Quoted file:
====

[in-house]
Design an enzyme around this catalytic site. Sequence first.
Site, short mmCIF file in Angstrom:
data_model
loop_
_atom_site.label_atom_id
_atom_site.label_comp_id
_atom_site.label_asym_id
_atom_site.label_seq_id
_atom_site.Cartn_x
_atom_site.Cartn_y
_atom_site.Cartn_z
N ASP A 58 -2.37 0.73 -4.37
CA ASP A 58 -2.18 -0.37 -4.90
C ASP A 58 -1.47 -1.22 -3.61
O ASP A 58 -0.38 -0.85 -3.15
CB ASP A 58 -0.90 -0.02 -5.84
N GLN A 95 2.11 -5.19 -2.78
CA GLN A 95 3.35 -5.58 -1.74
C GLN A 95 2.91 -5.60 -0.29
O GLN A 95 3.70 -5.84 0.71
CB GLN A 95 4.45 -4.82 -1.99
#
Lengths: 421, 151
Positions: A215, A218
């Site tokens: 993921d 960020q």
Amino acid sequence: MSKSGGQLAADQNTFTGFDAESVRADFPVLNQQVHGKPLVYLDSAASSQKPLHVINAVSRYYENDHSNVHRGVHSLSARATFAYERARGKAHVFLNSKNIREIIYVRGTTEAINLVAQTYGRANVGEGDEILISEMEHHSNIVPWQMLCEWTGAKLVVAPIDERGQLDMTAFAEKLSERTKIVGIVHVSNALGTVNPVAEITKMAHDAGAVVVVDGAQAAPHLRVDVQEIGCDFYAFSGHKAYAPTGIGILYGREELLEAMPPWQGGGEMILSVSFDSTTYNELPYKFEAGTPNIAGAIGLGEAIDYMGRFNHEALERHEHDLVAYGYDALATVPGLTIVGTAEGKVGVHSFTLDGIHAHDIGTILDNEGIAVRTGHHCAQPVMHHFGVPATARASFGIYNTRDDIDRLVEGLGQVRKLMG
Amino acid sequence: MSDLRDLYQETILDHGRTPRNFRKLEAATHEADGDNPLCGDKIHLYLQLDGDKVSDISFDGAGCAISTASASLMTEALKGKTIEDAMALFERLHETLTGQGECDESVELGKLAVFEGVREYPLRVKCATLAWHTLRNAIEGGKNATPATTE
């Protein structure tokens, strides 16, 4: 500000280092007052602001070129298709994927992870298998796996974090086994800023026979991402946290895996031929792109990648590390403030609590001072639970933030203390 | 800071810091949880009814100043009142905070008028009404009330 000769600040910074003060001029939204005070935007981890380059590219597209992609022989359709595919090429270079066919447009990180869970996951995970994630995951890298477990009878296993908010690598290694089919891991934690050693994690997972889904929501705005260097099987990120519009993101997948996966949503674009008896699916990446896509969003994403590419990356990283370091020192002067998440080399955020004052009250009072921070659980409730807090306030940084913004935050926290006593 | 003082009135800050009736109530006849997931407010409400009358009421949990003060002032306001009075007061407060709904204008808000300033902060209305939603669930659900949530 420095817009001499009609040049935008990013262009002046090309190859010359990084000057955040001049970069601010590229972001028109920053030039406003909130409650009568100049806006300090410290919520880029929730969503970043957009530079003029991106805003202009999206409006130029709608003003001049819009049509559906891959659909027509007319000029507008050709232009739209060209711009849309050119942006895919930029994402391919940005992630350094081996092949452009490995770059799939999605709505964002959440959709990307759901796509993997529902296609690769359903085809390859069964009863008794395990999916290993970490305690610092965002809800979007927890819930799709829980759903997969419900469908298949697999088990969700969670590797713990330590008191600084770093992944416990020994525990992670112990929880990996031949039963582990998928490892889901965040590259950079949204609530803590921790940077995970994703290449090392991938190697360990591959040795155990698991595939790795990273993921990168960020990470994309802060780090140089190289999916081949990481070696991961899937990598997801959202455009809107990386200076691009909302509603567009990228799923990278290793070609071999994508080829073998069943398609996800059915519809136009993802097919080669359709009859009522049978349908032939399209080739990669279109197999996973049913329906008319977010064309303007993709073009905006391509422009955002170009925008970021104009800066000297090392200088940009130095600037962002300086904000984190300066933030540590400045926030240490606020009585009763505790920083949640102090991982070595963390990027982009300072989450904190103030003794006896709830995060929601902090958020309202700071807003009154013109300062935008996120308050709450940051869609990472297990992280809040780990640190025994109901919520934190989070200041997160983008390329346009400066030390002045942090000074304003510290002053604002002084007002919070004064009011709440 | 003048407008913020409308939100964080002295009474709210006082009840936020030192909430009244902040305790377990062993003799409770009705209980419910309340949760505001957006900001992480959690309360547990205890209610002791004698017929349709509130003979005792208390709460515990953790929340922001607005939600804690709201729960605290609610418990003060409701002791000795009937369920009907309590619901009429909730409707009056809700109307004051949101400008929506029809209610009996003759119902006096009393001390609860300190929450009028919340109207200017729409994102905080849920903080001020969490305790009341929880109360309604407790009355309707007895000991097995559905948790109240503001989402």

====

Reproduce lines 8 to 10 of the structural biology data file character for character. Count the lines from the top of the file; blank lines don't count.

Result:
_atom_site.label_asym_id
_atom_site.label_seq_id
_atom_site.Cartn_x